rehabilitation of the late president and one-time
  successor to Mao, Liu Shaoqi.
► At the Fifth National People's Congress session in
  August and September, Deng's preeminence in
  government was consolidated when he gave up
  his vice premiership and Hua Guofeng resigned as
  premier in favor of Zhao Ziyang.
        The Gang of Four on Trial
►   One of the more spectacular political events of modern
    Chinese history was the month-long trial of the Gang of
    Four and six of Lin Biao's closest associates.
►   A 35-judge special court was convened in November 1980
    and issued a 20,000-word indictment against the
    defendants.
►   The indictment came more than four years after the arrest
    of Jiang Qing and her associates and more than nine years
    after the arrests of the Lin Biao group.
►   Beyond the trial of ten political pariahs, it appeared that
    the involvement of Mao Zedong, current party chairman
    Hua Guofeng, and the CCP itself were on trial.
► The  prosecution wisely separated political
  errors from actual crimes.
► The crimes included:
   the usurpation of state power and party
    leadership;
   the persecution of some 750,000 people,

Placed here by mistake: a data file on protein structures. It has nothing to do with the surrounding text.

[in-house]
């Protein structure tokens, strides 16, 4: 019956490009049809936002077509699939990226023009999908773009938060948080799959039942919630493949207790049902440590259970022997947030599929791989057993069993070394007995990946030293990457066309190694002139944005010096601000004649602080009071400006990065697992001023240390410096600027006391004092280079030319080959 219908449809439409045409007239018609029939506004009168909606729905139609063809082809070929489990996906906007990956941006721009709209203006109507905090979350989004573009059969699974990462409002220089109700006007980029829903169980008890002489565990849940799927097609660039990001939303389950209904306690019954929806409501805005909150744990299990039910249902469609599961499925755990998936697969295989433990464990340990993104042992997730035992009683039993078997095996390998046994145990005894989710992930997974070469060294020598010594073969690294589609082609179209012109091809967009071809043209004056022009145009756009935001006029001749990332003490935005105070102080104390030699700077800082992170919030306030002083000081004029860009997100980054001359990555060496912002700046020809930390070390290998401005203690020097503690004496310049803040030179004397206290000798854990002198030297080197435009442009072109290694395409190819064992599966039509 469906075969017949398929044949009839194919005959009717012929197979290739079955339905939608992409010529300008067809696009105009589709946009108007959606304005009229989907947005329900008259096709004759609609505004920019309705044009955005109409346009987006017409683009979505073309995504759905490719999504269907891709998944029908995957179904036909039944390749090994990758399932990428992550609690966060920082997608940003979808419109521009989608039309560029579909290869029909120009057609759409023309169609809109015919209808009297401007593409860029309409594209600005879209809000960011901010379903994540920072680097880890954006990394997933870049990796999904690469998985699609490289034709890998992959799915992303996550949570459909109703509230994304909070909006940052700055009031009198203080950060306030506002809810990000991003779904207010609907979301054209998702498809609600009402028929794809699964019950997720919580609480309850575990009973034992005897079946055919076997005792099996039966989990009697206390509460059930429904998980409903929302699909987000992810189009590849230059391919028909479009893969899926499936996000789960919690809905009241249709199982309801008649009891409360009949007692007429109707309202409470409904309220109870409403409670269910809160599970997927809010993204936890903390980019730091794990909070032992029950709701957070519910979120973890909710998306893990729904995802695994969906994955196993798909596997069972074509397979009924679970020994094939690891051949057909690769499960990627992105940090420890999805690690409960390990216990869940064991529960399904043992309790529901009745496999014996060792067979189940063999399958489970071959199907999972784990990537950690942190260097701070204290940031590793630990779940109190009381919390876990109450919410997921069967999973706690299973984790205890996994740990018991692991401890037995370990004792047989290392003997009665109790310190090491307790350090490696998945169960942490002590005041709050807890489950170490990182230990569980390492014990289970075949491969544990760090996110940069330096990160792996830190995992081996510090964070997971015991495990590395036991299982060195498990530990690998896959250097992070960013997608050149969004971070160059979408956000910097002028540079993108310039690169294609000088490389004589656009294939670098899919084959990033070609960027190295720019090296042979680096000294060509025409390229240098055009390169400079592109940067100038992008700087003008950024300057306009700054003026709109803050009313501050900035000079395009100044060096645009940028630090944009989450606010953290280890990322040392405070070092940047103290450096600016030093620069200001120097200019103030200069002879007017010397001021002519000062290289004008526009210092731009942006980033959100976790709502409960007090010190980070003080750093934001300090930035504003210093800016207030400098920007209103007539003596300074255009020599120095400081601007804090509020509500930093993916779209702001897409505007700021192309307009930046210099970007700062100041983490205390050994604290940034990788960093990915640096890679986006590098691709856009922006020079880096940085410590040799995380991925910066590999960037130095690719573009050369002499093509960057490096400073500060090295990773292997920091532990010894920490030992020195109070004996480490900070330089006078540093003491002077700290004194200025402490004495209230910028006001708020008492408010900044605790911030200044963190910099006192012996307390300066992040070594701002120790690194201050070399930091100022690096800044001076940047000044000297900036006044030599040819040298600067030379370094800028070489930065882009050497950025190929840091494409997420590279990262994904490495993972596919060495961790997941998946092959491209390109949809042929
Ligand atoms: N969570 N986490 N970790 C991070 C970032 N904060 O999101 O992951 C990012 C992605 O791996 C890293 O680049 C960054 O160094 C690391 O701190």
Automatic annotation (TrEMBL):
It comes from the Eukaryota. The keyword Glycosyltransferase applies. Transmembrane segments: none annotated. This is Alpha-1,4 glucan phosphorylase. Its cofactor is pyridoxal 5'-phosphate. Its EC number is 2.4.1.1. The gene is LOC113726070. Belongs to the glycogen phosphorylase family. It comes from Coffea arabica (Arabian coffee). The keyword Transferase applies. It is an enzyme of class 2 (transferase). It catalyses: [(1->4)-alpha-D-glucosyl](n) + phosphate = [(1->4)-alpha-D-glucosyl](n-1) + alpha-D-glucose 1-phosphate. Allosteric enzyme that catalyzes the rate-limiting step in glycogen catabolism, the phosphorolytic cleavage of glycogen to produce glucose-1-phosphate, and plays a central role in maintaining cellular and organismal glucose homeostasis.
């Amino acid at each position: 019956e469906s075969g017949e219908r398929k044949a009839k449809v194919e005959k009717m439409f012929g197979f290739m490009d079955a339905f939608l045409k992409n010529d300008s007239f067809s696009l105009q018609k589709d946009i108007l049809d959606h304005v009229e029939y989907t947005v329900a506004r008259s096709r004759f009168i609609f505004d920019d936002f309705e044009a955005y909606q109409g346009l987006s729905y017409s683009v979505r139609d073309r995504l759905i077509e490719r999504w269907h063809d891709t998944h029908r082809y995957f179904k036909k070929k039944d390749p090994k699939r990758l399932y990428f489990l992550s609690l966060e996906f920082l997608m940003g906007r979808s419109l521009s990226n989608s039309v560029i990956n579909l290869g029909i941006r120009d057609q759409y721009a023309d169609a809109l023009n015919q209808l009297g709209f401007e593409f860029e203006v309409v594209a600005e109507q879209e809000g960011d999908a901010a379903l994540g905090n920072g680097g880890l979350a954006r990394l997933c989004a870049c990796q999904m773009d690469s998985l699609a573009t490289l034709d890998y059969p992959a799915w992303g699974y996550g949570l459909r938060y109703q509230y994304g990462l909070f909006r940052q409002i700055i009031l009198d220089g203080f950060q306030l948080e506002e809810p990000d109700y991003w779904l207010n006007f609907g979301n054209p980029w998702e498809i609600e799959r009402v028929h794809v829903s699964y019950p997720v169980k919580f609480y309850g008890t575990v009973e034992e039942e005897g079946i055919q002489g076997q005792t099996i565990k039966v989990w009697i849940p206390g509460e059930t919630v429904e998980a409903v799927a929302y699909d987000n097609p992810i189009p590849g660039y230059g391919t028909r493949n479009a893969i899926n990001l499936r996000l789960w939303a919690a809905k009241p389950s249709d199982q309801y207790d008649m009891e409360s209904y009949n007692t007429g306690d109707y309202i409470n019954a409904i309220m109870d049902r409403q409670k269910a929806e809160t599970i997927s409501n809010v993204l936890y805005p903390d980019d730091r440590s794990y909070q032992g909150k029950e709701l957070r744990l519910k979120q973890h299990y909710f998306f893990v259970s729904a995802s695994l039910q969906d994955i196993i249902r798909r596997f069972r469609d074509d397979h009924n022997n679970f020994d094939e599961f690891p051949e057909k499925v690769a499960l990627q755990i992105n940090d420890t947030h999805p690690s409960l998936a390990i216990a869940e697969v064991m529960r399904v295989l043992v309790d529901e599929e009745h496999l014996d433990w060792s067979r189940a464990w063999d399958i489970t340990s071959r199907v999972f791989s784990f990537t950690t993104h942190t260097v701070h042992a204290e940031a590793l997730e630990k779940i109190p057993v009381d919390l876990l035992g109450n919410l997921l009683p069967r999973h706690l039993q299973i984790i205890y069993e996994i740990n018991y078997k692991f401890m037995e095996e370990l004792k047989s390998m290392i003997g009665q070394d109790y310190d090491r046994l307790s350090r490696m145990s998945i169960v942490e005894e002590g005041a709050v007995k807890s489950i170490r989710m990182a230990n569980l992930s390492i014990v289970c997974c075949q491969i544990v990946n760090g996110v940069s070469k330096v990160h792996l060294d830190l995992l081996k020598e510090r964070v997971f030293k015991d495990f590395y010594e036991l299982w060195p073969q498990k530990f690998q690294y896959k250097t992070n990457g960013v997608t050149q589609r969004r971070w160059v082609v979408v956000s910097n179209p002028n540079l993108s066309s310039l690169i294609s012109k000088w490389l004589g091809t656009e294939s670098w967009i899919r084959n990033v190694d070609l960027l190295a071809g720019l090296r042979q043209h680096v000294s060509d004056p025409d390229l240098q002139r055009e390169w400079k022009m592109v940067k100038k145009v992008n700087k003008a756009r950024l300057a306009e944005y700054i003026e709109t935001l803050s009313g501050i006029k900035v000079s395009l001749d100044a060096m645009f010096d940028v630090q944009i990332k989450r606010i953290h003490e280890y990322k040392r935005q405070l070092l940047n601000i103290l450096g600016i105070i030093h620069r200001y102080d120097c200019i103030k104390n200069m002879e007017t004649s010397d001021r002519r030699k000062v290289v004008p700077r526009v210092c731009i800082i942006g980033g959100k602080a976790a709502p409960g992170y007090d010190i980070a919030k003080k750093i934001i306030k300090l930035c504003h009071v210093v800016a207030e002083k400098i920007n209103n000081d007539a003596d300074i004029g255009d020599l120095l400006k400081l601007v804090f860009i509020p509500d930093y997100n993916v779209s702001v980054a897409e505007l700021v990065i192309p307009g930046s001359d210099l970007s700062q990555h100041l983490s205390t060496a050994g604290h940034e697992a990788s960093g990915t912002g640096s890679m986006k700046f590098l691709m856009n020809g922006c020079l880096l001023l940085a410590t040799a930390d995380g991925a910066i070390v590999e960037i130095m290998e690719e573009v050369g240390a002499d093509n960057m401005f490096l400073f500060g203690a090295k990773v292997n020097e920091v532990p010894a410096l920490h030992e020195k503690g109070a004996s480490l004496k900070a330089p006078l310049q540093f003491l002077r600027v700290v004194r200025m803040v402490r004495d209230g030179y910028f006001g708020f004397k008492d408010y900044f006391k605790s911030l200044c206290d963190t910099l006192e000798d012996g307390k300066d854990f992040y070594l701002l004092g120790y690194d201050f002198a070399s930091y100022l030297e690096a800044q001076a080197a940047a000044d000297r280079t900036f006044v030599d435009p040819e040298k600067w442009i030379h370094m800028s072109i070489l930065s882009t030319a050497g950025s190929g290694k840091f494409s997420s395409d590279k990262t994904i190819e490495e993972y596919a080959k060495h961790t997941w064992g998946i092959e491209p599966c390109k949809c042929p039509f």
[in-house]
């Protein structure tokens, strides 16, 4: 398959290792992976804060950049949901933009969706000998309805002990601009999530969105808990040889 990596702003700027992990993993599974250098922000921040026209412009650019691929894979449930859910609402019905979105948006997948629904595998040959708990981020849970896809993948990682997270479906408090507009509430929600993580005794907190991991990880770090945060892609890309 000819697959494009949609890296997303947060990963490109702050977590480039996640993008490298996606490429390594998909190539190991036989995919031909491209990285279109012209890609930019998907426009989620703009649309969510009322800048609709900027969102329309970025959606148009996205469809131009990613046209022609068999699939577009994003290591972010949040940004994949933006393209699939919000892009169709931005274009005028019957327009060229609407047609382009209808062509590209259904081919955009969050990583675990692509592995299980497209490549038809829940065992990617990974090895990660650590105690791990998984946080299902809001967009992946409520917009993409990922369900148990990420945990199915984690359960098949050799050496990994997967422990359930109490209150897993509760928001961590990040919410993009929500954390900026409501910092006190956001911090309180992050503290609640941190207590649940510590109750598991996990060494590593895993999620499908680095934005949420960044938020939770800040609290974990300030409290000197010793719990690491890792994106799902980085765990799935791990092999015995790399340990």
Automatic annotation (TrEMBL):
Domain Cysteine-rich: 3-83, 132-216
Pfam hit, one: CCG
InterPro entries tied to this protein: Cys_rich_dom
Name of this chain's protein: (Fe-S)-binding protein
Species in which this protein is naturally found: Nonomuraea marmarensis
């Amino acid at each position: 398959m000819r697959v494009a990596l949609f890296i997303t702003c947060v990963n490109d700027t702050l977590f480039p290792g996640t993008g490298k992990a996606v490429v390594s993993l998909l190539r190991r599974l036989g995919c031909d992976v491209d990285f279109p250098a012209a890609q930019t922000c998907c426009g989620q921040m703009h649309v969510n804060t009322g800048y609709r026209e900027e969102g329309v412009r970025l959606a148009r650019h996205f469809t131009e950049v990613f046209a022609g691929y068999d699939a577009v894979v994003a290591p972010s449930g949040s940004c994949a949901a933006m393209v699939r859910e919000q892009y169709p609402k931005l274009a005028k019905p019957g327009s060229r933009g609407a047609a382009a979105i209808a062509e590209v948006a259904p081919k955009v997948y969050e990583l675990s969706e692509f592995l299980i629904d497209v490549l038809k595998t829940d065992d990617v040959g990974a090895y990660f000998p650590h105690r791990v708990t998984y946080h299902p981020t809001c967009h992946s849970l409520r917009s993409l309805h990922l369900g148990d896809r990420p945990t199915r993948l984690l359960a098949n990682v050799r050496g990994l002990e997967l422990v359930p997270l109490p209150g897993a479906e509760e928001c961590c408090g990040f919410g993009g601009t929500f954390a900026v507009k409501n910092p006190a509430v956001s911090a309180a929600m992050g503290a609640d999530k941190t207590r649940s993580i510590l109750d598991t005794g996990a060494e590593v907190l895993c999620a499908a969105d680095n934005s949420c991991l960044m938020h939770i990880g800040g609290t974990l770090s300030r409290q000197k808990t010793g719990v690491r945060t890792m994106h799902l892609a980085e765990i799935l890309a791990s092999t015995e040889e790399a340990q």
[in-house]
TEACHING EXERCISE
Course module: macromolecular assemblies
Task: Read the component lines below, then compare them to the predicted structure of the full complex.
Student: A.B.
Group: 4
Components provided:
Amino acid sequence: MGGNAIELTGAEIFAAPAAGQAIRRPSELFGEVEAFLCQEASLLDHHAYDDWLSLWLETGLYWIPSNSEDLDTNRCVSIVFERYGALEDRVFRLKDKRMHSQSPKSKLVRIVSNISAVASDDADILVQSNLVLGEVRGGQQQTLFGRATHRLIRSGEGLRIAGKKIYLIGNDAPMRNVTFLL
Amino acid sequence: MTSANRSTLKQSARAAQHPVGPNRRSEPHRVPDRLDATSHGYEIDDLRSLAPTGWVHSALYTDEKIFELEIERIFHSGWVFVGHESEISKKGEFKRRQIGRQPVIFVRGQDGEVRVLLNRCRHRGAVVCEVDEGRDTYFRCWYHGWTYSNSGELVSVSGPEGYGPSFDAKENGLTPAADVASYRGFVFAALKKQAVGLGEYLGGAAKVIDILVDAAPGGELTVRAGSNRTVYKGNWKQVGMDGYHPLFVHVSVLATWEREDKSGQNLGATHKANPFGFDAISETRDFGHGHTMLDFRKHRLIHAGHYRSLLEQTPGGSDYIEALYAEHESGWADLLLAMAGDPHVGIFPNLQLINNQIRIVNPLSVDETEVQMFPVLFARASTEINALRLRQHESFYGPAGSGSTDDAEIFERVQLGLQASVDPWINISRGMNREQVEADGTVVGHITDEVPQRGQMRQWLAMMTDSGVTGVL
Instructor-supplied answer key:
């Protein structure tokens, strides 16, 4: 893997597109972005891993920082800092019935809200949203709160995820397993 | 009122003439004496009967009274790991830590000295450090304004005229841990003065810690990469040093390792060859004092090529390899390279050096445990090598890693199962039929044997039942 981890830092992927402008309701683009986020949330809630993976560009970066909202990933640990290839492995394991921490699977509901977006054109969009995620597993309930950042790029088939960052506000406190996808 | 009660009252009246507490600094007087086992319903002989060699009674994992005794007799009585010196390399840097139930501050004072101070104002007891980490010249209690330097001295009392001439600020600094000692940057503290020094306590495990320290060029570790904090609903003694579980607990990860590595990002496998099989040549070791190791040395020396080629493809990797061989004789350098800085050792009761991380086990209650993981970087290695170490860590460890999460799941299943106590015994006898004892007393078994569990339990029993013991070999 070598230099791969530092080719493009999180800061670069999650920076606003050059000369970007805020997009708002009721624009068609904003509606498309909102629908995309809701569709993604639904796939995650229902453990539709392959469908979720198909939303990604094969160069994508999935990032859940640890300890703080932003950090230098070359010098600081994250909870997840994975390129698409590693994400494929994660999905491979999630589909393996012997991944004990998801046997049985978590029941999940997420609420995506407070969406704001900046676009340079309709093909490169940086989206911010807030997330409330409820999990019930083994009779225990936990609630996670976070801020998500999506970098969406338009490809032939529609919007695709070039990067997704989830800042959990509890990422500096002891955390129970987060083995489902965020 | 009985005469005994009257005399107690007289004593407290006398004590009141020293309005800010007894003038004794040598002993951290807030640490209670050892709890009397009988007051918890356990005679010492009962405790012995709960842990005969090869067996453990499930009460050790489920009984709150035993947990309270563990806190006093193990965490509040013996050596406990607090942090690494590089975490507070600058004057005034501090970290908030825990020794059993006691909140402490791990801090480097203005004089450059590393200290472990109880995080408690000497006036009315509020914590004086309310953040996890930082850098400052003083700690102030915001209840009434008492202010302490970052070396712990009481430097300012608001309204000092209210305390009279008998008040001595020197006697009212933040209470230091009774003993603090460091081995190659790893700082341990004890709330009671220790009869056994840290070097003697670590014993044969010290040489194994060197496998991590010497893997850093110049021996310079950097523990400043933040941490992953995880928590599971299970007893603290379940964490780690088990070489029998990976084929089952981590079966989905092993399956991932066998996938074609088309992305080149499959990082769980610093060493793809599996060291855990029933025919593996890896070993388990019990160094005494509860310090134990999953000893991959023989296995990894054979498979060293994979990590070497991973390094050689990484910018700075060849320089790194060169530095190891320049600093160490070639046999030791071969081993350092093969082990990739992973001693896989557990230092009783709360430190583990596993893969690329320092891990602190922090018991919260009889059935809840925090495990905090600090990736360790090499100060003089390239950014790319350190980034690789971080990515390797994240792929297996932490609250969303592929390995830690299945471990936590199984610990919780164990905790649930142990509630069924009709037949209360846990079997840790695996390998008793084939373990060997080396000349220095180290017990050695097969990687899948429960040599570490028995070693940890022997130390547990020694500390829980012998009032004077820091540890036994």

34,375 of whom died during the period 1966-
    76; and,
   in the case of the Lin Biao defendants, the
    plotting of the assassination of Mao.
► January  1981 the court rendered guilty verdicts
  against the ten.
► Jiang Qing received a death sentence with a two-
  year suspension; later, Jiang Qing's death
  sentence was commuted to life imprisonment.
► Jiang Qing appeared to be protected from
  execution by Mao’s legacy.
► The same sentence was given to Zhang Chunqiao,
  while Wang Hongwen was given life and Yao
  Wenyuan twenty years.
► Chen Boda and the other Lin Biao faction
  members were given sentences of between
  sixteen and eighteen years.
► The  trial further eroded Mao's prestige and the
  system he created.
► In pre-trial meetings, the party Central Committee
  posthumously expelled CCP vice chairman Kang
  Sheng and Political Bureau member Xie Fuzhi from
  the party because of their participation in the
  "counterrevolutionary plots" of Lin Biao and Jiang
  Qing.
► The memorial speeches delivered at their funerals
  were rescinded.
► There was enough adverse pre-trial testimony that
  Hua Guofeng offered to resign before the trial
  started.
► June 1981: the Sixth Plenum of the Eleventh
  National Party Congress Central Committee
  marked a major milestone in the passing of the